Laser Moose and Rabbit Boy (Laser Moose and Rabbit Boy series, Book 1) (Paperback)

By Doug Savage

Andrews McMeel Publishing, 9781449470944, 144pp.

Publication Date: September 6, 2016

List Price: 9.99*
* Individual store prices may vary.

Description

Batman and Robin meet Rocky and Bullwinkle. Through a series of fun adventure stories, Laser Moose, who can shoot lasers from his eyes, and his sidekick, Rabbit Boy, endeavor to save the forest from looming threats.

The forest is full of danger . . .  but help is here. Meet Laser Moose and Rabbit Boy, improbable pals who use their powers—laser vision and an unrelenting sense of optimism—to fight the forces of evil. Join the dynamic duo as they battle aliens, a mutant fish-bear, a cyborg porcupine, and a mechanical squirrel, learning along the way that looking on the bright side might be just as powerful as shooting a laser.
 
Get ready for hilarious, action-packed, laser-powered adventures written and drawn by Doug Savage, creator of the popular comic Savage Chickens. This is Savage’s first graphic novel.


About the Author

Savage Chickens began on a rainy day in October 2004 when, after one too many migraines, Doug Savage scribbled two chickens on a sticky note. Almost eight years and 2000 cartoons later, Savage Chickens is now a popular website with millions of readers. Savage still draws every cartoon on yellow sticky notes, and his cartoons cover an eclectic range of topics, including: work, psychology, arachnophobia, pop culture, cats, time travel, love, zombies, and more.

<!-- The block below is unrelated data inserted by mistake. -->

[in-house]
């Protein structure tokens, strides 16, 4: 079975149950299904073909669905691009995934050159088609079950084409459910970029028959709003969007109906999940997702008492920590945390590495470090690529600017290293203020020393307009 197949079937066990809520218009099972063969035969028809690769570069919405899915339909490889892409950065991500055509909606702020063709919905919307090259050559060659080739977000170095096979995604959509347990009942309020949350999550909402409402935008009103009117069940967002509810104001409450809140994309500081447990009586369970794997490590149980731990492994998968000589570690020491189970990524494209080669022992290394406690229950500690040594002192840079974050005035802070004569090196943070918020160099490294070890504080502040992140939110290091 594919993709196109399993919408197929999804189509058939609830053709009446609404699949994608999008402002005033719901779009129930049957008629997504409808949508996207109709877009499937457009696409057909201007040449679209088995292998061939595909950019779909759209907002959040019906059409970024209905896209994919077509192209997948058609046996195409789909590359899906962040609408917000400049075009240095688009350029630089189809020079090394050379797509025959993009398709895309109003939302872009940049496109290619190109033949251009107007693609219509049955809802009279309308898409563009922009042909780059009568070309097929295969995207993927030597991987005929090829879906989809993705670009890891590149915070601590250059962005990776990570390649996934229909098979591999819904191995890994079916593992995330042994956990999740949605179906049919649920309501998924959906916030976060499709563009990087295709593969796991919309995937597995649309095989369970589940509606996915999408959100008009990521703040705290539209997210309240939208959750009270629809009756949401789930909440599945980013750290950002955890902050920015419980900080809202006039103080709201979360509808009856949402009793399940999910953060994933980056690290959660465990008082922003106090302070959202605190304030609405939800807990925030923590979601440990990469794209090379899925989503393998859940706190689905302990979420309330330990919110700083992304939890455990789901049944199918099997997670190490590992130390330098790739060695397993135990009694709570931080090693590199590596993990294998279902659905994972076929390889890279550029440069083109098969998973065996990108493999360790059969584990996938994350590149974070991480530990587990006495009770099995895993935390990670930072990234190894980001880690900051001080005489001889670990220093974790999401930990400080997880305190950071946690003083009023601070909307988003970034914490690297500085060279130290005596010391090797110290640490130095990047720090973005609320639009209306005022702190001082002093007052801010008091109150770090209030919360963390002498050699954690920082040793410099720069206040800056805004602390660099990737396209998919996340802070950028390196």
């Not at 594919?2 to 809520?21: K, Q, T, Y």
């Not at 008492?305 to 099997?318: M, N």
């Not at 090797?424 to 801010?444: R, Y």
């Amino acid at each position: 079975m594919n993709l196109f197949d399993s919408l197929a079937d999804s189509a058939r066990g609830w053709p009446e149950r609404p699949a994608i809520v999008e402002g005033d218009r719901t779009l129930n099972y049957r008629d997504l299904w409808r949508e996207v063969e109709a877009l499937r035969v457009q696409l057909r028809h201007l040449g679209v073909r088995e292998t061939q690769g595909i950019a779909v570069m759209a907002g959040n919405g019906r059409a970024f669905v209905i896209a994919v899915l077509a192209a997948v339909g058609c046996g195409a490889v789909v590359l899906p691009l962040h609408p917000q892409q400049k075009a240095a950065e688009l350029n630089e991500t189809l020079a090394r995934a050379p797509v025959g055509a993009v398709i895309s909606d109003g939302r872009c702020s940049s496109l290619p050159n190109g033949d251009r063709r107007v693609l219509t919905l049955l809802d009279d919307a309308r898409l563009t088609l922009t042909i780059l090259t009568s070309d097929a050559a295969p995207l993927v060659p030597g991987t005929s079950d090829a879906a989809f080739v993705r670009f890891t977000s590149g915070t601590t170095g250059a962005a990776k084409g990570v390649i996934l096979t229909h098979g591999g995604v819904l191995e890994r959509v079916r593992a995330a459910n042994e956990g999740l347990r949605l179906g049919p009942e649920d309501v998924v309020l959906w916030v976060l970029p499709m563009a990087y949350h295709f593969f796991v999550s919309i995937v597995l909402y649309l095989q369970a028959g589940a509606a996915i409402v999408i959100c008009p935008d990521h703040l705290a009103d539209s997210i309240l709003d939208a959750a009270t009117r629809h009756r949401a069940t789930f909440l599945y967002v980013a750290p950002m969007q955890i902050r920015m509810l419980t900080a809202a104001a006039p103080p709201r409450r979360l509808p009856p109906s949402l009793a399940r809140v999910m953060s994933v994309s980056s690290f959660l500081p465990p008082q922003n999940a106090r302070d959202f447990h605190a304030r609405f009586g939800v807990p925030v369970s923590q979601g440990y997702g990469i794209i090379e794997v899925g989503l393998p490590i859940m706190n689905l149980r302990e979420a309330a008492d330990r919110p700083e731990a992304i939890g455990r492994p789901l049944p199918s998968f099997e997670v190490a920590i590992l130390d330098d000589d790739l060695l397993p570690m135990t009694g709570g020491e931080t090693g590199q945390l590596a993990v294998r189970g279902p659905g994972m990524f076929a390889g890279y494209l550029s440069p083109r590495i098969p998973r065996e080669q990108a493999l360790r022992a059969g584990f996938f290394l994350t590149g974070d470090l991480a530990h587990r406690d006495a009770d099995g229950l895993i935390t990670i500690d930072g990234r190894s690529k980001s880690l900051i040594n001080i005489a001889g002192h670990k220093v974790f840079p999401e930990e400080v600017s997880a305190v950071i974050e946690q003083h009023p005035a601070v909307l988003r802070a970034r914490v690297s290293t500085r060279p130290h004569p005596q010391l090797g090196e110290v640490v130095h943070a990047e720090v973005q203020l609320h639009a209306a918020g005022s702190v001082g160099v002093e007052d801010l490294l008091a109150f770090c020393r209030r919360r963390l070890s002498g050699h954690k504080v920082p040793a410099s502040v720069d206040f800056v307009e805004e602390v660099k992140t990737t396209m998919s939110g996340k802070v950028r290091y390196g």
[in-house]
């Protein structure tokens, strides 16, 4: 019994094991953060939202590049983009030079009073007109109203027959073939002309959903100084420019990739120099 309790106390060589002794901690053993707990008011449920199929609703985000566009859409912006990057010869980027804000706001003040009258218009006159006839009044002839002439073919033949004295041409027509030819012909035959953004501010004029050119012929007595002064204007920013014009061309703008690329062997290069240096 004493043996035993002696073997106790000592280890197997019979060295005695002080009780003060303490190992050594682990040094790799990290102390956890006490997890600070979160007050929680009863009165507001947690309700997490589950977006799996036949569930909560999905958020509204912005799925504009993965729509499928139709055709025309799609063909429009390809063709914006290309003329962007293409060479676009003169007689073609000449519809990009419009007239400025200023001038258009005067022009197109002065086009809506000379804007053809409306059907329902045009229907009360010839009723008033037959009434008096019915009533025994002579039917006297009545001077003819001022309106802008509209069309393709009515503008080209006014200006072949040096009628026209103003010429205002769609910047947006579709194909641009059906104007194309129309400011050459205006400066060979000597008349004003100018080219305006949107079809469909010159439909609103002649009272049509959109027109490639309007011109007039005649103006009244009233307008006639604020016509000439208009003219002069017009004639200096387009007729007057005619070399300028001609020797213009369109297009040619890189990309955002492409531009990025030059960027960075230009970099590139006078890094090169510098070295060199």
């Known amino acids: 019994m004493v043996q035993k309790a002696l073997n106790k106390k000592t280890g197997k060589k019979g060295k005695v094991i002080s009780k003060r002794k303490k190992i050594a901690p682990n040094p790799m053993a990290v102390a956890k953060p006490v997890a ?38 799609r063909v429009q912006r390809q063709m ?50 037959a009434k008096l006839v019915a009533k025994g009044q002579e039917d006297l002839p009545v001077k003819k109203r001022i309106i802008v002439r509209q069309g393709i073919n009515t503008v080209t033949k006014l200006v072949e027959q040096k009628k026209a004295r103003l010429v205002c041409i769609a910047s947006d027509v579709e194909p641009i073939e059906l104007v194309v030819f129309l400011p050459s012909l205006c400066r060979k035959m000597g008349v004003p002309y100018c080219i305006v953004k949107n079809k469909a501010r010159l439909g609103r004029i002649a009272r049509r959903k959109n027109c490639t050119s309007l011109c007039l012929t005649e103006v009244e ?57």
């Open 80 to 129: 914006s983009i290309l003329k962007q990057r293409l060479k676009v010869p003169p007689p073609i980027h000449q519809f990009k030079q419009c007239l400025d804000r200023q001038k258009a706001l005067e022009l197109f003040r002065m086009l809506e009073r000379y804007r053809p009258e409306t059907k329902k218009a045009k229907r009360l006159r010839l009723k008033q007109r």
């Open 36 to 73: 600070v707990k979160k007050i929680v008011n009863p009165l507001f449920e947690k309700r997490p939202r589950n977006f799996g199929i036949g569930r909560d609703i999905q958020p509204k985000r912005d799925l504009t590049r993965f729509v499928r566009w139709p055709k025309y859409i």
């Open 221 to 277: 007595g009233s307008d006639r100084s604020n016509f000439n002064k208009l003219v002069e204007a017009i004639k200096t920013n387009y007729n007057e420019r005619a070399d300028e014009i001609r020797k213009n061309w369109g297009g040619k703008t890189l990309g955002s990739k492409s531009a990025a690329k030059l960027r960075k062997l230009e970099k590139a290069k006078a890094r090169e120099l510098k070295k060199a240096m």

Praise For Laser Moose and Rabbit Boy (Laser Moose and Rabbit Boy series, Book 1)

“It’s goofy, off-kilter fun, ideal for fans of shows like Adventure Time and Steven Universe." (Publisher's Weekly)

“With rampant whimsy and cheerful silliness, expect this to hit funny bones with laser accuracy.” (Kirkus)

"Middle grade readers who like their sci-fi and superhero stories zany, crazy, and with lots of ironic humor will enjoy these adventures." (Kat Kan, Booklist)

"Wry, accessible humor, often conveyed without text...and bright, chipper colors hearken back to Sunday comics. It's an odd concept, but an irresistible one; this is going to be a hit across a wide range of readers." (The Bulletin of the Center for Children's Books)

"Big-hearted, dotty fun for kids from eight to 11 and pretty much everyone else." (The Georgia Straight)